City councillors agreed to explore publicly funded “clean elections” in a Monday vote, a potential step toward ending the ugliness of recent municipal election seasons and a cause for division and suspicion among residents and officials.
There was comfort Monday for Italian-Americans upset over losing Columbus Day in Cambridge as a result of June 6 order replacing it with Indigenous Peoples Day. The celebration of other immigrant experiences will wait for a future policy orders, councillors said.
The loss of artists in Cambridge has reached a crisis point, say city councillors trying to grant resident artists a one-point advantage in the formula to apply for rentals in lower-income inclusionary housing – but the conversation has been temporarily set aside.
City Council meetings increasingly have limits on the way the public can express itself, and some may be unconstitutional – including ejecting a citizen holding a sign and ending public comment that conflicts with councillors’ rules.
Cambridge’s stand against LGBTQ discrimination has been heard, but not adopted, by the National League of Cities. The organization is declining to move its 2017 conference from Charlotte, N.C., likely leaving Cambridge city councillors at home that week.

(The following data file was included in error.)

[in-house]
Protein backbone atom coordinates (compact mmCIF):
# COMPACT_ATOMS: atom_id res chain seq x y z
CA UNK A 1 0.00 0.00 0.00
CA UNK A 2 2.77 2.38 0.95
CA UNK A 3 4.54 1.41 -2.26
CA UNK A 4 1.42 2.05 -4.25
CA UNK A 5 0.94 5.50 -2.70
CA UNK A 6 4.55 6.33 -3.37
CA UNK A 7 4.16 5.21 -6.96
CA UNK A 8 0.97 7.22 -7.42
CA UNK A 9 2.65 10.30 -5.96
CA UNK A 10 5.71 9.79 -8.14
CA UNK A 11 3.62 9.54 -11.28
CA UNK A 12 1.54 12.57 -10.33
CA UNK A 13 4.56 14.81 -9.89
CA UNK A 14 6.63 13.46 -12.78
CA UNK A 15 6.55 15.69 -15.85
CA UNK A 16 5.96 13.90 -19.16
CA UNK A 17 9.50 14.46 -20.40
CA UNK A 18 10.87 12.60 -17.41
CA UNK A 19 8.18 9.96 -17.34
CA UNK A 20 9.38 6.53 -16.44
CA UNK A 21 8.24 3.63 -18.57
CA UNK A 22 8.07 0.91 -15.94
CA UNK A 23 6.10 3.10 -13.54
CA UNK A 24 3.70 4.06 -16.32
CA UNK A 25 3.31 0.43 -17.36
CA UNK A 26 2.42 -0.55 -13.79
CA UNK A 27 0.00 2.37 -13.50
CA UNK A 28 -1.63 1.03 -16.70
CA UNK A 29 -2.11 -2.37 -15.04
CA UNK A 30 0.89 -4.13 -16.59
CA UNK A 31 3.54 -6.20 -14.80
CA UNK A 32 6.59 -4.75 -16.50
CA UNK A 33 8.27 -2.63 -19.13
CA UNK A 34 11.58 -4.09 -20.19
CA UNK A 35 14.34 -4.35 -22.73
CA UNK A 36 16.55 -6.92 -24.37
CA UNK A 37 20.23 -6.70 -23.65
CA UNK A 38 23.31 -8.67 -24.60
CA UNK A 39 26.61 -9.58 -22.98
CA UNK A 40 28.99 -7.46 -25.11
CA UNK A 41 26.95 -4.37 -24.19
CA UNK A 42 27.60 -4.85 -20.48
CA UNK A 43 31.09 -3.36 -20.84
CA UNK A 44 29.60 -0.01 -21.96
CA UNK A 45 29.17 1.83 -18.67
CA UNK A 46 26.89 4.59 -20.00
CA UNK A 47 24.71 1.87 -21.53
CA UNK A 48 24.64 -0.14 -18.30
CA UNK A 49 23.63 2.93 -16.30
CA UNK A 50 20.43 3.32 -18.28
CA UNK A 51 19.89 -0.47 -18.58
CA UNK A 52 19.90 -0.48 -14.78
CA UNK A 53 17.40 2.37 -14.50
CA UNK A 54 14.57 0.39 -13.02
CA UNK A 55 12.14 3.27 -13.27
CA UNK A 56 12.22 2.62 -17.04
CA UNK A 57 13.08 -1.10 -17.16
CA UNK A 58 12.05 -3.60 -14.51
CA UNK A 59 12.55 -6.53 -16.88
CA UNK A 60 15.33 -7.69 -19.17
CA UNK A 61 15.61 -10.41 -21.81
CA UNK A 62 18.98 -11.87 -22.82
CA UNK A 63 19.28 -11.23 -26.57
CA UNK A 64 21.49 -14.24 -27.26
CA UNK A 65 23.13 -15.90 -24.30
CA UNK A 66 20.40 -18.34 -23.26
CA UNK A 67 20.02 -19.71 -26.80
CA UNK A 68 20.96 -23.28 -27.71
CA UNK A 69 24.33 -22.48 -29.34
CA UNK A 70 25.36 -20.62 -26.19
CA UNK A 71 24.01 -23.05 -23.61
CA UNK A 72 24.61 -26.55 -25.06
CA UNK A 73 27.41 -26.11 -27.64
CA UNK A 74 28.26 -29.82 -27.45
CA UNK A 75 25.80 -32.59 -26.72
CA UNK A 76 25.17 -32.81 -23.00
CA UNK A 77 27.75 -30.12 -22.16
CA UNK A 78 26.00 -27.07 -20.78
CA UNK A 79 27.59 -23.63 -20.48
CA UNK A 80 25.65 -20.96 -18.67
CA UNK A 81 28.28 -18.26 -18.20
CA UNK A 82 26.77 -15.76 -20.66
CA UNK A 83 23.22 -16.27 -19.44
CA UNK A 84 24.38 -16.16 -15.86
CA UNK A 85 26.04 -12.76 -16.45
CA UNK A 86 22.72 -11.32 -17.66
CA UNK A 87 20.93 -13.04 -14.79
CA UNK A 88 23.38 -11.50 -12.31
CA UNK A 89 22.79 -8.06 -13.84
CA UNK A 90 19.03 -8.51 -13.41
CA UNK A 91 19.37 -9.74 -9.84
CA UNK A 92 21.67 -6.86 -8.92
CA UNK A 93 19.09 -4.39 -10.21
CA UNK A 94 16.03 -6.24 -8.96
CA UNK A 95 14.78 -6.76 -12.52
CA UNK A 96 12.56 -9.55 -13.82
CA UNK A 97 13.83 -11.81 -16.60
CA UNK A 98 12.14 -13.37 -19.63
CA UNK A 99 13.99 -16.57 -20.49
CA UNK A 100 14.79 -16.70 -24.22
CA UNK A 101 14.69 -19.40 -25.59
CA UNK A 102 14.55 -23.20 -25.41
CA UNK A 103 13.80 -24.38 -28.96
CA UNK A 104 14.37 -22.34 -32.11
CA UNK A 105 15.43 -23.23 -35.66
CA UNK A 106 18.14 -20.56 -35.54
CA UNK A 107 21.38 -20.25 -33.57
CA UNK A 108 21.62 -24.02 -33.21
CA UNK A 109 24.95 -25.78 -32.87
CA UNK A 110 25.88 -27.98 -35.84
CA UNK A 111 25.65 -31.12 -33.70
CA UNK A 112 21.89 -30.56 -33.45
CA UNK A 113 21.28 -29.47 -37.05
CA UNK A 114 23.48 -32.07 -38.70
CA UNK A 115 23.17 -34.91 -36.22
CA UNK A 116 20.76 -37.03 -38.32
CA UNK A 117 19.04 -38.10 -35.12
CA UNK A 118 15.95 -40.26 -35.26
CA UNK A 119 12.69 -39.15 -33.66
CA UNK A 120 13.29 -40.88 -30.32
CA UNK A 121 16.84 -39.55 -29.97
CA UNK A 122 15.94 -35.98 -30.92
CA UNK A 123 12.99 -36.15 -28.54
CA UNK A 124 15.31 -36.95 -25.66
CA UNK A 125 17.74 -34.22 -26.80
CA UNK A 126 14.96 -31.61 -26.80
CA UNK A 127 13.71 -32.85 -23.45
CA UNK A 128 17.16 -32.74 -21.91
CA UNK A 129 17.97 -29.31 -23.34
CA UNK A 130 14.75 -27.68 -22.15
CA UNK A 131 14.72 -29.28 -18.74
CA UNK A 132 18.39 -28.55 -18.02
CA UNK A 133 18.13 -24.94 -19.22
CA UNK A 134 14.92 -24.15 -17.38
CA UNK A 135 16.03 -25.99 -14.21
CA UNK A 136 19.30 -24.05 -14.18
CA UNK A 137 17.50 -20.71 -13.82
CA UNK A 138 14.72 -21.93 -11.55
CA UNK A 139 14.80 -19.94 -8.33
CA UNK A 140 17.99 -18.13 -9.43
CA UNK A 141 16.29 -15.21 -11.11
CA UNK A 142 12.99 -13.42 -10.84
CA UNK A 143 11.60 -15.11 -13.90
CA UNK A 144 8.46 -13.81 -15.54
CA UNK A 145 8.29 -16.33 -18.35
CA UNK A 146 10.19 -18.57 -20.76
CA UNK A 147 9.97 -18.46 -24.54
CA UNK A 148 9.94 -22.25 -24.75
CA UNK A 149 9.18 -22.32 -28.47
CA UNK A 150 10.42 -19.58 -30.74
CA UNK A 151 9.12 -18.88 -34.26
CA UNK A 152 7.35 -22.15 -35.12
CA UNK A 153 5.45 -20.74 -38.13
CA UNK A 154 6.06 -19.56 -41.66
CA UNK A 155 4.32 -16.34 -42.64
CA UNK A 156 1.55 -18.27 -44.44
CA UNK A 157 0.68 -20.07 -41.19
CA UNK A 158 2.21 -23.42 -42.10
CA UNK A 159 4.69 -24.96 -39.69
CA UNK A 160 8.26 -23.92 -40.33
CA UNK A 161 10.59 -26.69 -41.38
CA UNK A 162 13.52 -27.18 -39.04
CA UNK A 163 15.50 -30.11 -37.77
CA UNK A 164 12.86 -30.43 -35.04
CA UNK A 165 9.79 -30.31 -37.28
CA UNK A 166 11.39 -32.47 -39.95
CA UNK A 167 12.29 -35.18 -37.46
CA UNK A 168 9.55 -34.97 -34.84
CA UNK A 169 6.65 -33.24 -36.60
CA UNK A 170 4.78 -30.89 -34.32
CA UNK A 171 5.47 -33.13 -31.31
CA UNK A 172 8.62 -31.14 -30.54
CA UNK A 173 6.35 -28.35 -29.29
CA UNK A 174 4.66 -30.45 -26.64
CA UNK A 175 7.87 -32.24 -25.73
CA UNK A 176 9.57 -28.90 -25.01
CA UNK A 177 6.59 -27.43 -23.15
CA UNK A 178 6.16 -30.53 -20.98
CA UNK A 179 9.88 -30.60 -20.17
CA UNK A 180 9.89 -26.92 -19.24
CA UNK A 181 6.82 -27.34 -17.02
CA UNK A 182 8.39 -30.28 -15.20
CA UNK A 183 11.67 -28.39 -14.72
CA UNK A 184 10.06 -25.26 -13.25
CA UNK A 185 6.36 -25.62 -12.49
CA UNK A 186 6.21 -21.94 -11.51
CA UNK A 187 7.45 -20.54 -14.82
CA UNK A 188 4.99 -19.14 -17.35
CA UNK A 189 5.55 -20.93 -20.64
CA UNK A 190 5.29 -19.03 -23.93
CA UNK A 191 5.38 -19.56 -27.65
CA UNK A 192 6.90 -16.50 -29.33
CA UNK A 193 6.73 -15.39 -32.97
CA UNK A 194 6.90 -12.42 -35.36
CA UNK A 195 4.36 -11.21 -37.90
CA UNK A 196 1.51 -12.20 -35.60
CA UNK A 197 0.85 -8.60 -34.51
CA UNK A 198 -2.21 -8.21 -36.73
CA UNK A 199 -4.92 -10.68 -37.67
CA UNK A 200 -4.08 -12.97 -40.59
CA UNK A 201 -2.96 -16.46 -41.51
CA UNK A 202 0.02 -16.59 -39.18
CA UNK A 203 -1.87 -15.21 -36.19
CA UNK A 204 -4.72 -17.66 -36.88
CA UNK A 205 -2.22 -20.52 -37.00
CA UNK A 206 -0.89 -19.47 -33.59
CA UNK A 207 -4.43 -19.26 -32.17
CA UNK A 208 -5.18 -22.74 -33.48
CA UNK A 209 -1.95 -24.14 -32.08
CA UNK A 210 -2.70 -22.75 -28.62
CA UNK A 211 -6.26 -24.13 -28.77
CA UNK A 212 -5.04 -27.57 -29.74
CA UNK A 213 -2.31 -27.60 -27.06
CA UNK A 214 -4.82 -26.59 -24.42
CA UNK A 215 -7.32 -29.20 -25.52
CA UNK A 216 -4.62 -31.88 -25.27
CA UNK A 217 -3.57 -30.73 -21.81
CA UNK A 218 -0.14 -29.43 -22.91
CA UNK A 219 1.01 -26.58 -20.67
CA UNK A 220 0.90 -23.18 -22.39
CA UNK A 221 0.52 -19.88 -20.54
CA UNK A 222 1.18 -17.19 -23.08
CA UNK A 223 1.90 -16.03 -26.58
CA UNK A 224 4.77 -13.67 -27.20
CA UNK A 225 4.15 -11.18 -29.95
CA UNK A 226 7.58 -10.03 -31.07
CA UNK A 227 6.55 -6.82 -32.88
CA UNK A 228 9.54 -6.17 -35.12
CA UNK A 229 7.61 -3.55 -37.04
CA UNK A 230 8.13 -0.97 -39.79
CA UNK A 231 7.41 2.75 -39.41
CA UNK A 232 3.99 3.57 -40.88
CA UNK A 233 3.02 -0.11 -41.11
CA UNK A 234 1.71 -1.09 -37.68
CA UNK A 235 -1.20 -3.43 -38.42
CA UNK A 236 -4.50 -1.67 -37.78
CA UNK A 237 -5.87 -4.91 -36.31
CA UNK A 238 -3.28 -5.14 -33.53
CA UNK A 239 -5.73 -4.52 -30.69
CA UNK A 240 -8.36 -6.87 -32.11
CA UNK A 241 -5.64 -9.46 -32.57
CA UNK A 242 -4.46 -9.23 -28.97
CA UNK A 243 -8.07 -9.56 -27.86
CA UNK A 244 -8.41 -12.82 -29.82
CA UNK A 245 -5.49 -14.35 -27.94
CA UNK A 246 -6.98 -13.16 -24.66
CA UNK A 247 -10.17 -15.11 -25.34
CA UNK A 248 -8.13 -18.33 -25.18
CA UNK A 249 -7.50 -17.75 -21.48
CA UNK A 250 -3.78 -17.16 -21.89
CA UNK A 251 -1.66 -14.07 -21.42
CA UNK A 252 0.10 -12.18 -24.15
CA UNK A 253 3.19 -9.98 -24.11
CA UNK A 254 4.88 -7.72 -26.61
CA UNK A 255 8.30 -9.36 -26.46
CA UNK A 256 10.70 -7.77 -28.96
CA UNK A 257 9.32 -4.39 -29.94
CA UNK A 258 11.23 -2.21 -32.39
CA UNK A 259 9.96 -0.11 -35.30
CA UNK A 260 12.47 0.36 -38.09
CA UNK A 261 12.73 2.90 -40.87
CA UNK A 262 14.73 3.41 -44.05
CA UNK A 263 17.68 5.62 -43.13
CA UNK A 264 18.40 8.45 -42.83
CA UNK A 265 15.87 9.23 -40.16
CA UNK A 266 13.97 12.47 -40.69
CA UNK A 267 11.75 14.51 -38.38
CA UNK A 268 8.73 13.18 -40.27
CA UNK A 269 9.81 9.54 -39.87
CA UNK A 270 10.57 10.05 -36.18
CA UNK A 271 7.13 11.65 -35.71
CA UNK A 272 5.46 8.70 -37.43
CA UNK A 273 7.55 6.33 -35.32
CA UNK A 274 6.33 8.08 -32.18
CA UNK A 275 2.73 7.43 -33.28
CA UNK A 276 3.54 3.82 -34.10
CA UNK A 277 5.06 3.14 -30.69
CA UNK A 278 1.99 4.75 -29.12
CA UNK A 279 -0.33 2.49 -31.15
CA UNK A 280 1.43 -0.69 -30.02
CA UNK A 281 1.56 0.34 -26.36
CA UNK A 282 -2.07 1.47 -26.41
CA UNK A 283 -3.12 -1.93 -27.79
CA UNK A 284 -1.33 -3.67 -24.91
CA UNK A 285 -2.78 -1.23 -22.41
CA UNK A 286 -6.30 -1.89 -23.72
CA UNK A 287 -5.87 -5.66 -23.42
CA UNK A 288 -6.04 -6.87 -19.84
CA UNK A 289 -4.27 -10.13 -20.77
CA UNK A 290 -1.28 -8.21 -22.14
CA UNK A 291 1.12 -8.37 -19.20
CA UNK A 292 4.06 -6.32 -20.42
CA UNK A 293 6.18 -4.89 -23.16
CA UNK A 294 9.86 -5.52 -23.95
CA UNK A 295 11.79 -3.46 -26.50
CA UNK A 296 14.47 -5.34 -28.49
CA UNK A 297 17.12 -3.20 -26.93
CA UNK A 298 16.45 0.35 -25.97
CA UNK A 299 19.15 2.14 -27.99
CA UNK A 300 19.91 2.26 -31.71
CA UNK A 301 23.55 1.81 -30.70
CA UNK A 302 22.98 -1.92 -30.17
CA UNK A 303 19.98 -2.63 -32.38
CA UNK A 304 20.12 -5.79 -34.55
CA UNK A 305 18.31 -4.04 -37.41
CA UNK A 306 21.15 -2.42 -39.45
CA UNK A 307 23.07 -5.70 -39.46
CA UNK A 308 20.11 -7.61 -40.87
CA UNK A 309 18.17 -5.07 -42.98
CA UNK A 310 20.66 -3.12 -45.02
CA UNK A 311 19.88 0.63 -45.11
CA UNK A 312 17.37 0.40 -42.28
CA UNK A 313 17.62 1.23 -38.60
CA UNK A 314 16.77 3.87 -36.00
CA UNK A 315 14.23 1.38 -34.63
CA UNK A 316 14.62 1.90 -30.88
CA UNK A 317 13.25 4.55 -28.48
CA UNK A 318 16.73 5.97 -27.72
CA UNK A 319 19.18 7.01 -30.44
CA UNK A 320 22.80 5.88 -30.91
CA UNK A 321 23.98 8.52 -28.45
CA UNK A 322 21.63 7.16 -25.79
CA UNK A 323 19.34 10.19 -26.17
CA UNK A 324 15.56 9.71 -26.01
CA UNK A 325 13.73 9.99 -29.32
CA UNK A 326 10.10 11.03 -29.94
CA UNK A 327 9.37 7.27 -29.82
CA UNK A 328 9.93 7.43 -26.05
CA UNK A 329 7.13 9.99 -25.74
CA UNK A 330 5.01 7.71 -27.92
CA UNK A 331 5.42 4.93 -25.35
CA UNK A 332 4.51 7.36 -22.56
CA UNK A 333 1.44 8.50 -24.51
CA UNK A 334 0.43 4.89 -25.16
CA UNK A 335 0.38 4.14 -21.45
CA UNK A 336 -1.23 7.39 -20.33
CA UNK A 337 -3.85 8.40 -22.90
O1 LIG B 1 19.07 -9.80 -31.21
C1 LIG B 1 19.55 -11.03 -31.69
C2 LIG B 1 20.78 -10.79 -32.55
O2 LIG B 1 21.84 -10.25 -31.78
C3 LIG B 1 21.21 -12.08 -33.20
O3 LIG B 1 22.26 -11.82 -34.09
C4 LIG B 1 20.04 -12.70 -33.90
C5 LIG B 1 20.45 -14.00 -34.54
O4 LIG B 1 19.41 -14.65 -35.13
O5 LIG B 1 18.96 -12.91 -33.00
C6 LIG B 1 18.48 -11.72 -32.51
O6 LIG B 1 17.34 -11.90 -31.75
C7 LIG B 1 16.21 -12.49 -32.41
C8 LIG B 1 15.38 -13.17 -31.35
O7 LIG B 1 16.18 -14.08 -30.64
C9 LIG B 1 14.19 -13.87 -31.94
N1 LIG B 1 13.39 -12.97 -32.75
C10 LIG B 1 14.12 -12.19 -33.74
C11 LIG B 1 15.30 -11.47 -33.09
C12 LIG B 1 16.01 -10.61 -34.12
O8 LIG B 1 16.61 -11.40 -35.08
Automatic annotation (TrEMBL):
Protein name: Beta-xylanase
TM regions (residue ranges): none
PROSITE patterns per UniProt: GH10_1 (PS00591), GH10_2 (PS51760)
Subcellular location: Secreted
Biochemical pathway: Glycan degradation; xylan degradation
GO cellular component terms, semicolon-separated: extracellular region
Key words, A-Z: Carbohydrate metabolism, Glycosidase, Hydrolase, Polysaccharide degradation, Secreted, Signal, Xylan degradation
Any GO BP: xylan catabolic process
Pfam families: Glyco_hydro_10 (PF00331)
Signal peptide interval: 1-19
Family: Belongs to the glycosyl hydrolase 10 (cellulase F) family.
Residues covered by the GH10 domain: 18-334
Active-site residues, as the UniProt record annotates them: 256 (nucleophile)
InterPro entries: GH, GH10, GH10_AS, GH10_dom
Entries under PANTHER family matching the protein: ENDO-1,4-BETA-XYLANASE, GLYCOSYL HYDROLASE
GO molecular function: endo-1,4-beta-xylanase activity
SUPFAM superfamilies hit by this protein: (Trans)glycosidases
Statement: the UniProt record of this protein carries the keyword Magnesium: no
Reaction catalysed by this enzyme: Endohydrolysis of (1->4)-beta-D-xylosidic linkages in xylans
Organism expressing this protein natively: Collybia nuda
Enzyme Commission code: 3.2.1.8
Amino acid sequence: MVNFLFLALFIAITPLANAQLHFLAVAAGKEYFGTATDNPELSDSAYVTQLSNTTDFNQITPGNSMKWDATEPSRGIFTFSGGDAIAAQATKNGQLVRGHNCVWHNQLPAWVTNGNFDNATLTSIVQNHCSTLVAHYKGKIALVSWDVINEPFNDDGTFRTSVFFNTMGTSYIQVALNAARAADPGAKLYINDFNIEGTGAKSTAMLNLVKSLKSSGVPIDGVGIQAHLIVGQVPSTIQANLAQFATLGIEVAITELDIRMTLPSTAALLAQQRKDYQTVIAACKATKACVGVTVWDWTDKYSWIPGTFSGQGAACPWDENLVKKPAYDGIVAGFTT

A move to get professional lobbyists to register and disclose their work in Cambridge was complicated by lingering anger from the past election, with the Cambridge Residents Alliance citizens group getting compared to the NRA by city councillor Craig Kelley.
Remaking the school and community complex on Cambridge Street is likely to cost the city some $26 million more than expected – but for a good reason: It could house school district administrators, long relegated to a crumbling leased building in East Cambridge.
City officials suggested they leaned toward removing Christopher Columbus entirely in favor of a more general celebration of Italian-American heritage, introducing a separate Indigenous Peoples Day for the people who suffered from European explorations.
Suspicion over how much involvement the public would have over a revamp of the iconic Out of Town News kiosk and surrounding plaza has briefly derailed a vote to create a working group and partnership to oversee the public space.
The seven-member “Unity Slate” of reelection candidates formed in the run-up to last year’s City Council elections did not violate the state’s Open Meeting Law, the Massachusetts Attorney General’s Office has found in a decision dated Monday.